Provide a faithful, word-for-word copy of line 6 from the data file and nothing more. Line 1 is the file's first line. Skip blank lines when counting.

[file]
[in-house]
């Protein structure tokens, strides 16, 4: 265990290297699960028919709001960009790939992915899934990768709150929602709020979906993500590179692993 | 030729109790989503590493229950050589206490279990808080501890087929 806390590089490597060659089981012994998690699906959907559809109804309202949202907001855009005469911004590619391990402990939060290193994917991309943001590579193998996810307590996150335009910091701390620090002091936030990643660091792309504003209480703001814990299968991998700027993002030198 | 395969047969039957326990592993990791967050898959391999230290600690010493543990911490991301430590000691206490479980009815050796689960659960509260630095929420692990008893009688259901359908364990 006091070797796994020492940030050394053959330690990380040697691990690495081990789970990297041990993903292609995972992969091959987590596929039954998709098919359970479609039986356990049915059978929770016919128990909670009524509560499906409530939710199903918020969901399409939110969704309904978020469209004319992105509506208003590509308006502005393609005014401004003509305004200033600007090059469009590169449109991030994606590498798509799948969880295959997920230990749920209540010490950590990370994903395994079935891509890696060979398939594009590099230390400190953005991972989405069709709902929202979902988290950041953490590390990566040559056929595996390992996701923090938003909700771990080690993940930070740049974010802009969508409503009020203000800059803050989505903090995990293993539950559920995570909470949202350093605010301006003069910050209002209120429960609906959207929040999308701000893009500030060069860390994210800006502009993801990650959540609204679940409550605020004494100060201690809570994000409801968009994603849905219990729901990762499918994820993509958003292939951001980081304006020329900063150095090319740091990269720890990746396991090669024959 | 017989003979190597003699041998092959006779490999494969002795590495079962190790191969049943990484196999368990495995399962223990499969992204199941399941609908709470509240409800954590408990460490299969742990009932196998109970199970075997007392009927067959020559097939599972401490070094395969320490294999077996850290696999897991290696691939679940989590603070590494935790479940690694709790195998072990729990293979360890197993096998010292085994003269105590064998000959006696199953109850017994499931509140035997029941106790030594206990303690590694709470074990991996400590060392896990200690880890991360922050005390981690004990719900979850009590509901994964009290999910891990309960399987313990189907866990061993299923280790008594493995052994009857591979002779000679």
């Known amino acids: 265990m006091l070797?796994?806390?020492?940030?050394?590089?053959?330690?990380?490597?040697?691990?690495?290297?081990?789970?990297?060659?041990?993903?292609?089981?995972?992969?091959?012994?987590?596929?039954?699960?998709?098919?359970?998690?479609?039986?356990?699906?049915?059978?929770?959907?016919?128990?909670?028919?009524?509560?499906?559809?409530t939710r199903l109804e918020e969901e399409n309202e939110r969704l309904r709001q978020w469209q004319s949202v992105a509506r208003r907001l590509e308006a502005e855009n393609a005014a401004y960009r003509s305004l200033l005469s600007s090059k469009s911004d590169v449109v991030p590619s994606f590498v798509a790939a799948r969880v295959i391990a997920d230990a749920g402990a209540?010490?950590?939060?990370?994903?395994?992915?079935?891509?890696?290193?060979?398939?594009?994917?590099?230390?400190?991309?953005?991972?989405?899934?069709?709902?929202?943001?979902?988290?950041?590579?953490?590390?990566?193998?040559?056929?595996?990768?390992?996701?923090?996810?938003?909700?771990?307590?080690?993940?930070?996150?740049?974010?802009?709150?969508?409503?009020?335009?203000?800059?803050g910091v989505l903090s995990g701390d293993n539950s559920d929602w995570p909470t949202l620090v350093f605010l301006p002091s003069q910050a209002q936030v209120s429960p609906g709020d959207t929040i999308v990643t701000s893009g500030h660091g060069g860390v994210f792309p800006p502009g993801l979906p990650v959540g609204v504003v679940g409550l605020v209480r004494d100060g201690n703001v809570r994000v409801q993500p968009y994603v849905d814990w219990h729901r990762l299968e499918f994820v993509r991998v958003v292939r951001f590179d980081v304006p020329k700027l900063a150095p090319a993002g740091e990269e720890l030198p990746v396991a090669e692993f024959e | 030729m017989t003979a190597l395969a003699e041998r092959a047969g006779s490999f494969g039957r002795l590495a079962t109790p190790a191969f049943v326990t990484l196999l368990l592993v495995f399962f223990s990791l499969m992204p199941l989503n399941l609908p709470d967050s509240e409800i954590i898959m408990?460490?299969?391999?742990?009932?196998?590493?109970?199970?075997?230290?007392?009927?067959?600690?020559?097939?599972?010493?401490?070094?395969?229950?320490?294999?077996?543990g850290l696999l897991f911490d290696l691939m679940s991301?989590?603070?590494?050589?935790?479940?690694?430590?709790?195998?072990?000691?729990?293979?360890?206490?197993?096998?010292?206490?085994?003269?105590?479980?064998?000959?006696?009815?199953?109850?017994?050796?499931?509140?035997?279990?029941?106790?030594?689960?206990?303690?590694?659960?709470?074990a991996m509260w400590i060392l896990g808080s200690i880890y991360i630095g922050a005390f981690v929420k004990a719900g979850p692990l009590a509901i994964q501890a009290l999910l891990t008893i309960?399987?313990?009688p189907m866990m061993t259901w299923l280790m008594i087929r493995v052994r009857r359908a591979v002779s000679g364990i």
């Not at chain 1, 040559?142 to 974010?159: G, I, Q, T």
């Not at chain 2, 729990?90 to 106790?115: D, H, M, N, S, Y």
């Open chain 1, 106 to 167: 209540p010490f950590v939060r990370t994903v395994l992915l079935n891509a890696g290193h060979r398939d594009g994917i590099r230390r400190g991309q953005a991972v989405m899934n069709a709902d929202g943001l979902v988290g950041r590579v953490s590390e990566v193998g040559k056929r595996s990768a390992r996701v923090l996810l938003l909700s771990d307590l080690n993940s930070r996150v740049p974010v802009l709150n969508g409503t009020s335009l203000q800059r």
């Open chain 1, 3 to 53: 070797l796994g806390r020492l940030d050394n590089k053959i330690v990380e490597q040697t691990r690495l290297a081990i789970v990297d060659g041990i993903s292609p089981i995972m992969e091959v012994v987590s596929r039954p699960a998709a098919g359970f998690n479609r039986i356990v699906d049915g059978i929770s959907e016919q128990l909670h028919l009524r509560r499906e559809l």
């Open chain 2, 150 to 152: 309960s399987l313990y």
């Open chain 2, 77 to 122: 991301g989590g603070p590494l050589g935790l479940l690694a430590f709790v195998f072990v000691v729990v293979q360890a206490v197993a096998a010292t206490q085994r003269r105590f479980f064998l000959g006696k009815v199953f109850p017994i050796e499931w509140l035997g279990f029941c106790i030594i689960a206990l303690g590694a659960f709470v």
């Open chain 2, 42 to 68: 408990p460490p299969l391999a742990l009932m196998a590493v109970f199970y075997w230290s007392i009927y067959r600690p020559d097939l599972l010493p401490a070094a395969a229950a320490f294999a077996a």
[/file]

């Open chain 1, 106 to 167: 209540p010490f950590v939060r990370t994903v395994l992915l079935n891509a890696g290193h060979r398939d594009g994917i590099r230390r400190g991309q953005a991972v989405m899934n069709a709902d929202g943001l979902v988290g950041r590579v953490s590390e990566v193998g040559k056929r595996s990768a390992r996701v923090l996810l938003l909700s771990d307590l080690n993940s930070r996150v740049p974010v802009l709150n969508g409503t009020s335009l203000q800059r």